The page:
March 30, 1923
Mr. William Randolph Hearst,
137 Riverside Drive,
New York, New York.
Dear Mr. Hearst:
Mr. Joy has not arrived yet, as he stopped to visit on the way, but the letter you annoted has come, and I will get out the revised structural drawings with as little delay as possible.
We have put in an active planting season, although the trees are too small in comparison with the landscape to show much. We will hope the deer, mealy bugs, grasshoppers and quail do not get them in their youth -- The quail have multiplied into hundreds and treat the garden as a barnyard. Have you any documents on ‘How to Make Quail respecters of Seeds and Tender Plants"?
By today's mail am sending a new perspective toward Houses B and C, from Chinese Hill. It is a study chiefly of the wall line and planting from the laurels of the Temple group toward the garage. It seems necessary to carry the planting along the foot of the white wall all the way -- What would you think? The drawing was difficult to do and does not express the character of the buildings. Perhaps it will serve its purpose.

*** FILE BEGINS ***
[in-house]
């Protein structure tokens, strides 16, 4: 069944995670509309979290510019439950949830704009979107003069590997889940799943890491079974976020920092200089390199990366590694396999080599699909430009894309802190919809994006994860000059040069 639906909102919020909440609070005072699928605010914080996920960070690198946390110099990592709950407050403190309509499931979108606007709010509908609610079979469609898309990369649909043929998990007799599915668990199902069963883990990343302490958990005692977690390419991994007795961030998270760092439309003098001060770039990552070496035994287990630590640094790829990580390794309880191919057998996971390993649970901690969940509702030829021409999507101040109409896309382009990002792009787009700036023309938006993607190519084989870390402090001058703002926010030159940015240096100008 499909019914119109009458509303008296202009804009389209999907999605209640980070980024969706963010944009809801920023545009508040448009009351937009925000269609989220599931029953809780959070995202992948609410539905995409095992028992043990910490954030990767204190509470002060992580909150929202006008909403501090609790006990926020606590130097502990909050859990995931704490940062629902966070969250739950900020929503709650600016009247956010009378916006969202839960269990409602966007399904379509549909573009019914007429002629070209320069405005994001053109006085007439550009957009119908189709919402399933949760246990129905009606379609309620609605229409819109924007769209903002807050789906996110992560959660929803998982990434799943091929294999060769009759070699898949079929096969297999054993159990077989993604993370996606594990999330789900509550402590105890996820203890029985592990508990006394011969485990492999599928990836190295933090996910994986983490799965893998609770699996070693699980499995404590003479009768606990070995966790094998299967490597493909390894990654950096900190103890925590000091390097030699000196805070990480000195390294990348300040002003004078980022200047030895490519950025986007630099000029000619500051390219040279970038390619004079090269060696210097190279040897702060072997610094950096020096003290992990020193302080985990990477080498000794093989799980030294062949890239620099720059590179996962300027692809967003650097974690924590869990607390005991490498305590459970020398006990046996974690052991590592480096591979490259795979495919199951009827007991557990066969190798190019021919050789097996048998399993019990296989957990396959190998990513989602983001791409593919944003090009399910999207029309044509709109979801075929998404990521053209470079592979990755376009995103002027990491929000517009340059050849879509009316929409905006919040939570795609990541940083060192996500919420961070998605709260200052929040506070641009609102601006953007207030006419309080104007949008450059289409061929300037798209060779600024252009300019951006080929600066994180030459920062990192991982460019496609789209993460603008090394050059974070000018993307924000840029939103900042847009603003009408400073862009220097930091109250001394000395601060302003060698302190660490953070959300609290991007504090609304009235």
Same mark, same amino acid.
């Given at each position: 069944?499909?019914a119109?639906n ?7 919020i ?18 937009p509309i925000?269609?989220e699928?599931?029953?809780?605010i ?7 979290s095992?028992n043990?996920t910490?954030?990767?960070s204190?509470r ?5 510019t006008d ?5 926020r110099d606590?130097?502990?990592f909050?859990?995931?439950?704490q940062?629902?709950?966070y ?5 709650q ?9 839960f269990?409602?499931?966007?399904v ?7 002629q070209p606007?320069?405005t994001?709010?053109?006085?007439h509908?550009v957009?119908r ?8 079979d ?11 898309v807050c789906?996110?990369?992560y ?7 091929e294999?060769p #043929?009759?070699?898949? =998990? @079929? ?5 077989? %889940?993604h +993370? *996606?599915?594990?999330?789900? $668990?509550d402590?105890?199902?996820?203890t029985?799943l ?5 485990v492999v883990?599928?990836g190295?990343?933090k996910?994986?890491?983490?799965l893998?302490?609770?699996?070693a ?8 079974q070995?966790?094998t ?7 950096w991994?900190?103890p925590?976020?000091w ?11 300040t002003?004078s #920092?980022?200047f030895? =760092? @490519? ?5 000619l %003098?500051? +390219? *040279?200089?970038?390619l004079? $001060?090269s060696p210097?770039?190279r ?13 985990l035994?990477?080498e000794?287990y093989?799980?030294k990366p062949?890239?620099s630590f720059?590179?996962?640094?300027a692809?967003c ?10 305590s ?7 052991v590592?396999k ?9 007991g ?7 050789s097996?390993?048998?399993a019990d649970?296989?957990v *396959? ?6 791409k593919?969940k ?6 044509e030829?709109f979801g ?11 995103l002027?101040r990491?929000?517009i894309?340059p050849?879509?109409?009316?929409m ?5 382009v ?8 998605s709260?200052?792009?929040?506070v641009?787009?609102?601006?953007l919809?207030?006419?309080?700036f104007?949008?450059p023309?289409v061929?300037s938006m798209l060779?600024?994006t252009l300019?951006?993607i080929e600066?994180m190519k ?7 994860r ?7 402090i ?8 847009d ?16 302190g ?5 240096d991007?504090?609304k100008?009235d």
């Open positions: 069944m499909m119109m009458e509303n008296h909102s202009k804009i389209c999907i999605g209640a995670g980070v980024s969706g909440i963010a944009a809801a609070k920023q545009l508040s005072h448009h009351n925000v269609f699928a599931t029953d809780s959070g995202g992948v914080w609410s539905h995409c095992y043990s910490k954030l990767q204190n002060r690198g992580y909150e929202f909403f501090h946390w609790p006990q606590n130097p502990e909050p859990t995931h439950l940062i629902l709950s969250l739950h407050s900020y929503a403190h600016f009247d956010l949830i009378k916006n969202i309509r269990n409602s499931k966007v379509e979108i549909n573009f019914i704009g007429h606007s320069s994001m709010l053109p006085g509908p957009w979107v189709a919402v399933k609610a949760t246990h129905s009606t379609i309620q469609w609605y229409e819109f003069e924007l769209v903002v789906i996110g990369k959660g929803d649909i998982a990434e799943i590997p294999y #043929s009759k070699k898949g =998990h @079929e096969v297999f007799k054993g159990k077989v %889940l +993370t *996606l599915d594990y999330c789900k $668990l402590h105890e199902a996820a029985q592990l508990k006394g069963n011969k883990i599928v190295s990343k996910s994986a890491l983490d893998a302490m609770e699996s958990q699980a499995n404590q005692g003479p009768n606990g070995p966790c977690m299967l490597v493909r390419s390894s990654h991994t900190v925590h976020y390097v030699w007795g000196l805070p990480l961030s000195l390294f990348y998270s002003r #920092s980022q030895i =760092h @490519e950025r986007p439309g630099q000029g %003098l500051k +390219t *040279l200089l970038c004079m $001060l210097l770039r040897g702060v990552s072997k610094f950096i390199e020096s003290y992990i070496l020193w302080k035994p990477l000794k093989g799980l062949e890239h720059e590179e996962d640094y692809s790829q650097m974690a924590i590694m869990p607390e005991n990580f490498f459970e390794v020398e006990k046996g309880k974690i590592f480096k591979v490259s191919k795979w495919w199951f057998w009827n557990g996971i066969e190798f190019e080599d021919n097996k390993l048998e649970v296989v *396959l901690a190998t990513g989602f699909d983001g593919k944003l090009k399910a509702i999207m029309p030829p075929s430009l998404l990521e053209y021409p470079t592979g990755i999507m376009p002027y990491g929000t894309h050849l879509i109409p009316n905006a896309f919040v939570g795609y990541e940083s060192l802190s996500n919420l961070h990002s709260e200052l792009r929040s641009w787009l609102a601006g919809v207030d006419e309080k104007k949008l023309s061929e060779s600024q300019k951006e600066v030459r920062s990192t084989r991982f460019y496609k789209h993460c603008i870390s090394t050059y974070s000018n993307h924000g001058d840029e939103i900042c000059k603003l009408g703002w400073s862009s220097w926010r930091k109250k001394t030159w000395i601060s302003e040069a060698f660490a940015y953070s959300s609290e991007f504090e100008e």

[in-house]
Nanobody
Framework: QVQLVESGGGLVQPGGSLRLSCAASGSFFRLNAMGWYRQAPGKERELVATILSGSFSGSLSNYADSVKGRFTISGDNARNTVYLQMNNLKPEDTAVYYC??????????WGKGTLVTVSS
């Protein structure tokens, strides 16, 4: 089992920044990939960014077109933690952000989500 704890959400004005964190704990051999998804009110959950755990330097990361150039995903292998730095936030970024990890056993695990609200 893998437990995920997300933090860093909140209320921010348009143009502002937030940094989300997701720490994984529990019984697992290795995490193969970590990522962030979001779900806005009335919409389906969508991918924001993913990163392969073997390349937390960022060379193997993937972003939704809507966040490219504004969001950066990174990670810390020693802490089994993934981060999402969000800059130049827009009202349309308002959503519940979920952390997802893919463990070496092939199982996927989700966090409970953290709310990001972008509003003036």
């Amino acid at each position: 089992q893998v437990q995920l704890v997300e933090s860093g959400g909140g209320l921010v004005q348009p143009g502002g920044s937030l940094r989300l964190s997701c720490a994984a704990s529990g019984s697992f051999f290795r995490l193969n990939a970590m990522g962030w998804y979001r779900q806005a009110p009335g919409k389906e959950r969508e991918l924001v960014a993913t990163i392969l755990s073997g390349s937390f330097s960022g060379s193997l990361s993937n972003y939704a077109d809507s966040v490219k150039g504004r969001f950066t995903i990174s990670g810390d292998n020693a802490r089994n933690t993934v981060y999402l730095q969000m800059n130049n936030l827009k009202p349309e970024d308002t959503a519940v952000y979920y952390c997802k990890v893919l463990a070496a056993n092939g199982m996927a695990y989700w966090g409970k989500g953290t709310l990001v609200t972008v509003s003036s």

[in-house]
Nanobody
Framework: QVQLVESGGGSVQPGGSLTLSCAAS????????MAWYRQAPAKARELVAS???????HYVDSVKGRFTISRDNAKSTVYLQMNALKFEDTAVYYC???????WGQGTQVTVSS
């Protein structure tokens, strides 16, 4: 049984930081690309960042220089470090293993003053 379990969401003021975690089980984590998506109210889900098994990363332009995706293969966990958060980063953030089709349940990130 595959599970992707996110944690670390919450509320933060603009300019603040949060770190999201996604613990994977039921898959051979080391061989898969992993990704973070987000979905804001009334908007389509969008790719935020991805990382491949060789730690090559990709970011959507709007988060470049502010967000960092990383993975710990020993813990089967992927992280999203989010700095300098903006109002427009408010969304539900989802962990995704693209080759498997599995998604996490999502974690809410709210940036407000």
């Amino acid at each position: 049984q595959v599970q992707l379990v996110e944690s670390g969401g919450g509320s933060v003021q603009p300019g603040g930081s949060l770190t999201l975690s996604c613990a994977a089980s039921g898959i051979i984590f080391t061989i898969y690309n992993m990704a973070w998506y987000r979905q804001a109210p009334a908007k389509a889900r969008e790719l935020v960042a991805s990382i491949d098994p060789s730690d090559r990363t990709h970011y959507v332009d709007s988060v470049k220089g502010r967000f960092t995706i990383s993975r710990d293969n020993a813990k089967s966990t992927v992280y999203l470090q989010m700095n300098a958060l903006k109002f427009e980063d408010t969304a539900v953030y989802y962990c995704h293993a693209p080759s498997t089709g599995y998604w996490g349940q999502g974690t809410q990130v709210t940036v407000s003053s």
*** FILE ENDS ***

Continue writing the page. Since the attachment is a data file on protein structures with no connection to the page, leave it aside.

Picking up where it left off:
I also in separate packet send a Chinese Hill study. This is perhaps more formal than you wish, but the less formal studies had a Japanese expression they perhaps would not have in reality on account of the difference of detail -- I have a fine new Chinese architecture book with numerous plans and have been surprised at the "Beaux Arts" -ness of the layouts.
The low roadside wall is started -- and the citrus area is being plowed to receive the young trees. It will take the work of all hands for a couple of weeks yet as the lack of predicted rain
is becoming serious and it is necessary to push the citrus planting through now instead of doing it gradually along into May or June as originally schemed. Not to do it, would be the loss of this year's growth.
Yours very truly,